Vulcanian eruptions with dominant single force components observed during the Asama 2004 volcanic activity in Japan
© The Society of Geomagnetism and Earth, Planetary and Space Sciences (SGEPSS); The Seismological Society of Japan; The Volcanological Society of Japan; The Geodetic Society of Japan; The Japanese Society for Planetary Sciences. 2006
Received: 23 July 2005
Accepted: 31 January 2006
Published: 12 May 2006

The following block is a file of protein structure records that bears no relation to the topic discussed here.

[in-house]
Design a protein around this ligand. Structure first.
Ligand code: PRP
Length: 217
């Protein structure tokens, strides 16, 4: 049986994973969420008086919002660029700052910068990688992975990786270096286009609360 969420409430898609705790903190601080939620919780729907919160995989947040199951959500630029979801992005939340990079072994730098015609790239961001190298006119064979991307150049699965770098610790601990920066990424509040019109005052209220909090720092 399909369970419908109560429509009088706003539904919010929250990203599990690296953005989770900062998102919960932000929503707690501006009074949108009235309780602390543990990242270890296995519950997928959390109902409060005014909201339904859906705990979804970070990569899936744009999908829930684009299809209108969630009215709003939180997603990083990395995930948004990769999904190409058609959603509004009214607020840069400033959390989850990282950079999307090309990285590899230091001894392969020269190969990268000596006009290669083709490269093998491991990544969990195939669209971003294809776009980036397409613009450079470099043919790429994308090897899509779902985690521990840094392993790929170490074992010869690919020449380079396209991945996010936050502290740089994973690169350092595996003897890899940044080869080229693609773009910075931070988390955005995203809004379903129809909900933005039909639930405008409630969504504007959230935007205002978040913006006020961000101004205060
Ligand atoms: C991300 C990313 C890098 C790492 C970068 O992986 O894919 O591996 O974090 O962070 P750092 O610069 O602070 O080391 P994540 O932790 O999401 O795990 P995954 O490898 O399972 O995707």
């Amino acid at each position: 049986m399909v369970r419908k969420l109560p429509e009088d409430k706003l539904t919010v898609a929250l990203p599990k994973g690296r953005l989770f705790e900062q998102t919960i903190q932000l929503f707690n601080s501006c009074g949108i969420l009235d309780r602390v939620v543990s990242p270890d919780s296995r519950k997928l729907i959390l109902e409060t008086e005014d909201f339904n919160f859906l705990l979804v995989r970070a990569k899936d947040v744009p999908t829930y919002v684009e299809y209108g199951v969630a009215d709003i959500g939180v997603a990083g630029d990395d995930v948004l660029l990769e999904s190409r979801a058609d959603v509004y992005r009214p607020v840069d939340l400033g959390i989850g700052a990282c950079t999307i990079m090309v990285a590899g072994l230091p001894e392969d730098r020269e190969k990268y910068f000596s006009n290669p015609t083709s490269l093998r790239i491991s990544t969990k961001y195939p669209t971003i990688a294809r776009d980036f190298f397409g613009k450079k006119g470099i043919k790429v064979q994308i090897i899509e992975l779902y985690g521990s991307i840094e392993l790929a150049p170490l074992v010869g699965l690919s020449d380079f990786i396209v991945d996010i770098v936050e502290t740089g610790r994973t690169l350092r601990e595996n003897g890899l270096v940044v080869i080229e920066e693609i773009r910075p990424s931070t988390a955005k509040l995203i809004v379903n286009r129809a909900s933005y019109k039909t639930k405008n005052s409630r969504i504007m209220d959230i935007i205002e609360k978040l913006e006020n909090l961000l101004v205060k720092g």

On September 1, 2004, Mt. Asama in central Japan erupted for the first time in 21 years. Between this moderate eruption and mid-November of the same year, 4 additional moderate eruptions occurred. We installed 8 broadband seismic stations in addition to the short period seismic network around the volcano and succeeded in recording the near-field seismic signals associated with the summit eruptions. The results of the waveform inversions clearly show that the force system exerted at the source region is dominated by vertical single force components. The source depths of the single force are shallower than 200 m from the bottom of the summit crater, and the order of magnitude of the single force is 1010–1011N. The source time history of each vertical single force component consists of two downward forces and one upward force. The initial downward force probably corresponds to the sudden removal of a lid capping the pressurized conduit. The drag force due to viscous magma moving upward in the conduit can explain the upward force. The correlation between the single force amplitudes and the amounts of volcanic deposits emitted from the summit crater are not necessarily positive, suggesting that the amount of deposits remaining within the summit crater may have played an important role in the excitation of the single force.